Gale, G. H. and Fedikow, M. A. F.: The application of rare earth element analyses in the exploration for volcanogenic massive sulphide type deposits in Manitoba, in: Report of Activities, 1999, Manitoba Industry, Trade and Mines, Geological Services, 9–12, 1999.
Gazley, M. F., Vry, J. K., du Plessis, E., and Handler, M. R.: Application of portable X-ray fluorescence analyses to metabasalt stratigraphy, Plutonic Gold Mine, Western Australia, J. Geochem. Explor., 110, 74–80, https://doi.org/10.1016/j.gexplo.2011.03.002, 2011.
Ge, L., Lai, W., and Lin, Y.: Influence of and correction for moisture in rocks, soils and sediments on in situ XRF analysis, X-Ray Spectrom., 34, 28–34, https://doi.org/10.1002/xrs.782, 2005.
Germann, K., Lüders, V., Banks, D. A., Simon, K., and Hoefs, J.: Late Hercynian polymetallic vein-type base-metal mineralization in the Iberian Pyrite Belt: fluid-inclusion and stable-isotope geochemistry (S–O–H–Cl), Miner. Depos., 38, 953–967, https://doi.org/10.1007/s00126-002-0342-z, 2003.
Gibson, H. L., Allen, R. L., Riverin, G., and Lane, T. E.: The VMS model: advances and application to exploration targeting, in: Proceedings of Exploration 07: Fifth Decennial International Conference on Mineral Exploration, edited by: Milkereit, B., 713–730, Toronto, Canada, 9 to 12 September 2007.
Gisbert, G. and Gimeno, D.: Ignimbrite correlation using whole-rock geochemistry: an example from the Sulcis (SW Sardinia, Italy), Geol. Mag., 154, 740–756, https://doi.org/10.1017/s0016756816000327, 2017.
Goodfellow, W. D. and Peter, J. M.: Sulphur isotope composition of the Brunswick No. 12 massive sulphide deposit, Bathurst Mining Camp, New Brunswick: implications for ambient environment, sulphur source, and ore genesis, Can. J. Earth Sci., 33, 231–251, https://doi.org/10.1139/e96-020, 1996.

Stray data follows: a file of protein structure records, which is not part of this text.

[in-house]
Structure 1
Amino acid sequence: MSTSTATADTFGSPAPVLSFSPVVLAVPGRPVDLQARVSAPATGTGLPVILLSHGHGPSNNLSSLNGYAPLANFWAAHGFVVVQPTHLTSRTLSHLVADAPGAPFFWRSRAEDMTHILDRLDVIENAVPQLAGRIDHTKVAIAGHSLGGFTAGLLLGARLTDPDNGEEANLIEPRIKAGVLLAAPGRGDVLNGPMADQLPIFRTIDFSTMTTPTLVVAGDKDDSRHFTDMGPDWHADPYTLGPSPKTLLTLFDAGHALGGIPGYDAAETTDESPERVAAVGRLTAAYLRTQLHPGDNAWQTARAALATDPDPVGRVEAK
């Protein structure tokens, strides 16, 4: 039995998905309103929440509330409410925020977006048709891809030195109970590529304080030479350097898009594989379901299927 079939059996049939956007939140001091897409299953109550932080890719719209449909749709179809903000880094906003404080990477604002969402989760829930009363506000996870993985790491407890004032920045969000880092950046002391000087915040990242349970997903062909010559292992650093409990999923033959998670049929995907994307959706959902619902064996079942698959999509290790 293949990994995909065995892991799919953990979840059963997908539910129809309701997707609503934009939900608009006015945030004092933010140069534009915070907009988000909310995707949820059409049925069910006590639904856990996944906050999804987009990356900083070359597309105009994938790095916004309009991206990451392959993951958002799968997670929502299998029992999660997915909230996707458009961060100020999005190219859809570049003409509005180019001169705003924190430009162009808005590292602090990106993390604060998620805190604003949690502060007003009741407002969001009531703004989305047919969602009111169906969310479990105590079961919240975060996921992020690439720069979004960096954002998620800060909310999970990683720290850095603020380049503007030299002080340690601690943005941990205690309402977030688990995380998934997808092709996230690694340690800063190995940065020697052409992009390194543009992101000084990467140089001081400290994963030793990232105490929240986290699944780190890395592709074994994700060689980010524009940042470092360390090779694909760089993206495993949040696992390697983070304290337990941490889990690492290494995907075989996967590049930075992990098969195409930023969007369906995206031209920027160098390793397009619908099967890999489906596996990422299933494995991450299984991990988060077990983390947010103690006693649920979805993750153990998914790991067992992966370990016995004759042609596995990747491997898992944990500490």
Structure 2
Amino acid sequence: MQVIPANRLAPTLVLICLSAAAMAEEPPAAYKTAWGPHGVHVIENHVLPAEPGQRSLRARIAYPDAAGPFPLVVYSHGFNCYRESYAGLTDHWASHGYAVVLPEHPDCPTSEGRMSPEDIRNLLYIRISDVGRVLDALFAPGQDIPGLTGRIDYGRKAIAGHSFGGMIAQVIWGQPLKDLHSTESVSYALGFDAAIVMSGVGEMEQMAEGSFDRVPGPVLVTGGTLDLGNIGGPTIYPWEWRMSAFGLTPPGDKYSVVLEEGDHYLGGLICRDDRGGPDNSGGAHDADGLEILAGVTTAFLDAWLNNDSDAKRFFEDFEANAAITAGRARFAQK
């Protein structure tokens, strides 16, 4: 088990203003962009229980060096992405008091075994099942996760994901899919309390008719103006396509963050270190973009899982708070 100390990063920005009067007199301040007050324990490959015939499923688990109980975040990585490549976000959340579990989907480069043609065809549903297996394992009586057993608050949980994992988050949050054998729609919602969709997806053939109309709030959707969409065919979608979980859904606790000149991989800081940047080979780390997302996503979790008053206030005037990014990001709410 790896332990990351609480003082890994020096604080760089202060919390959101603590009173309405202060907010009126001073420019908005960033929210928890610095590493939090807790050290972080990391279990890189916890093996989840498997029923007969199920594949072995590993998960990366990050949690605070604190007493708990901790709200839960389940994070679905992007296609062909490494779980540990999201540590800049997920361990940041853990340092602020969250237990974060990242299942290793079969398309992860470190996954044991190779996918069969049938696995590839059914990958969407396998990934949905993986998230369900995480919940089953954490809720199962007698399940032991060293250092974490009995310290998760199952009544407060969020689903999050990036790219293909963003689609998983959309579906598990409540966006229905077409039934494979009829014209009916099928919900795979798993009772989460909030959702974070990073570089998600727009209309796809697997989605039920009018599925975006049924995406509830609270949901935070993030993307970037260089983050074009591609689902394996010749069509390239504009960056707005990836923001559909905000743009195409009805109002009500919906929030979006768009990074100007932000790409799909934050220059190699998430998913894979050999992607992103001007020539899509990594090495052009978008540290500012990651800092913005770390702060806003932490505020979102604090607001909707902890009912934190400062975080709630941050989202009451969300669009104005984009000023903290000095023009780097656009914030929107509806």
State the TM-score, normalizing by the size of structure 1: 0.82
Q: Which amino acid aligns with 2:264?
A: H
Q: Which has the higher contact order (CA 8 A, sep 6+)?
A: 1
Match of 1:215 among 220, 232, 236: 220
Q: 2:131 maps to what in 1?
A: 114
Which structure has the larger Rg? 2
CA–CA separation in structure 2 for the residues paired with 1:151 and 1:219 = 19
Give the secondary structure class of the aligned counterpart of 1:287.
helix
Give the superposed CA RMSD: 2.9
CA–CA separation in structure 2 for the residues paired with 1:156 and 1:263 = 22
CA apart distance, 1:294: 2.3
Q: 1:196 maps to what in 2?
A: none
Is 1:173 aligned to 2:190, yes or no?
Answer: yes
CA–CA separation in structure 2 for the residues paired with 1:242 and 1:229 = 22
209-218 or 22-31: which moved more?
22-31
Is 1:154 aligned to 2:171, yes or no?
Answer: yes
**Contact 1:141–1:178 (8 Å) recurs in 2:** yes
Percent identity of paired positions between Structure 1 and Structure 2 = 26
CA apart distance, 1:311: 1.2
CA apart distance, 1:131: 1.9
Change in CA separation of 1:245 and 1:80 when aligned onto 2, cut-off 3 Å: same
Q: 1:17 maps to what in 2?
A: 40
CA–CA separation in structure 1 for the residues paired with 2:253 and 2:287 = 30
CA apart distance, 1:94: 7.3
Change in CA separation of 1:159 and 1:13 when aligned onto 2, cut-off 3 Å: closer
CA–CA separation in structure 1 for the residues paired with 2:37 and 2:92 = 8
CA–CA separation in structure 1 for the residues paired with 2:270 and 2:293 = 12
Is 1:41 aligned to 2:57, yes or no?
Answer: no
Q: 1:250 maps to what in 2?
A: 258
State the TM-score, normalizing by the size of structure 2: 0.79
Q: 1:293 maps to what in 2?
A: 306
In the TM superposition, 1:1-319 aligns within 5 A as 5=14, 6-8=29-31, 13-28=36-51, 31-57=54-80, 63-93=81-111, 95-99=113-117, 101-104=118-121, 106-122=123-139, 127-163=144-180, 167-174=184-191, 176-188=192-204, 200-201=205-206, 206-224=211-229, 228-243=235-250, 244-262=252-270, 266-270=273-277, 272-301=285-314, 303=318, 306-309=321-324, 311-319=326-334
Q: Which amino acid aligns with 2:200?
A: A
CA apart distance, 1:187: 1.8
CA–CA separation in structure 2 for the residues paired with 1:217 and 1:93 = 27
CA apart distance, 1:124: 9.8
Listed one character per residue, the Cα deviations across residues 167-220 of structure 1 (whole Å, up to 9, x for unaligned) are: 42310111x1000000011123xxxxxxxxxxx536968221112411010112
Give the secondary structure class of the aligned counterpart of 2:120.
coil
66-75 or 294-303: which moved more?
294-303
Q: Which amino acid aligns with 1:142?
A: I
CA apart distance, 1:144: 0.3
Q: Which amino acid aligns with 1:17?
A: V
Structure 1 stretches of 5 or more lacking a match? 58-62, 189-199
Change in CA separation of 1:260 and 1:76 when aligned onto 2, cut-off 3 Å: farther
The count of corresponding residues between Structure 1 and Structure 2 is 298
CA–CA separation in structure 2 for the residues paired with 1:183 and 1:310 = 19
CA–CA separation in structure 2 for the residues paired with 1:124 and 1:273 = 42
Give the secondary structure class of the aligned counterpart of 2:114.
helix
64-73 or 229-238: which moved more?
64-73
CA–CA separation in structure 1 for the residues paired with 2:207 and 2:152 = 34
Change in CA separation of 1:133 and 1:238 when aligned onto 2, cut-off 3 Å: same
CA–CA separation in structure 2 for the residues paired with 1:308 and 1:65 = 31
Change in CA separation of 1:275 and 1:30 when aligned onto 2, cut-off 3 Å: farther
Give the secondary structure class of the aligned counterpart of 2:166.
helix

Goodfellow, W. D., McCutcheon, S. R., and Peter, J. M.: Geologic and Genetic Attributes of Volcanic Sediment-Hosted Massive Sulfide Deposits of the Bathurst Mining Camp, Northern New Brunswick – A Synthesis, in: Massive Sulfide Deposits of the Bathurst Mining Camp, New Brunswick, and Northern Maine, edited by: Goodfellow, W. D., McCutcheon, S. R., and Peter, J. M., Econ. Geol. Monograph, 11, 245–301, https://doi.org/10.5382/Mono.11.13, 2003.
Grant, J. A.: The isocon diagram; a simple solution to Gresens' equation for metasomatic alteration, Econ. Geol., 81, 1976–1982, https://doi.org/10.2113/gsecongeo.81.8.1976, 1986.
Grant, J. A.: Isocon analysis: A brief review of the method and applications, Phys. Chem. Earth, 30, 997–1004, https://doi.org/10.1016/j.pce.2004.11.003, 2005.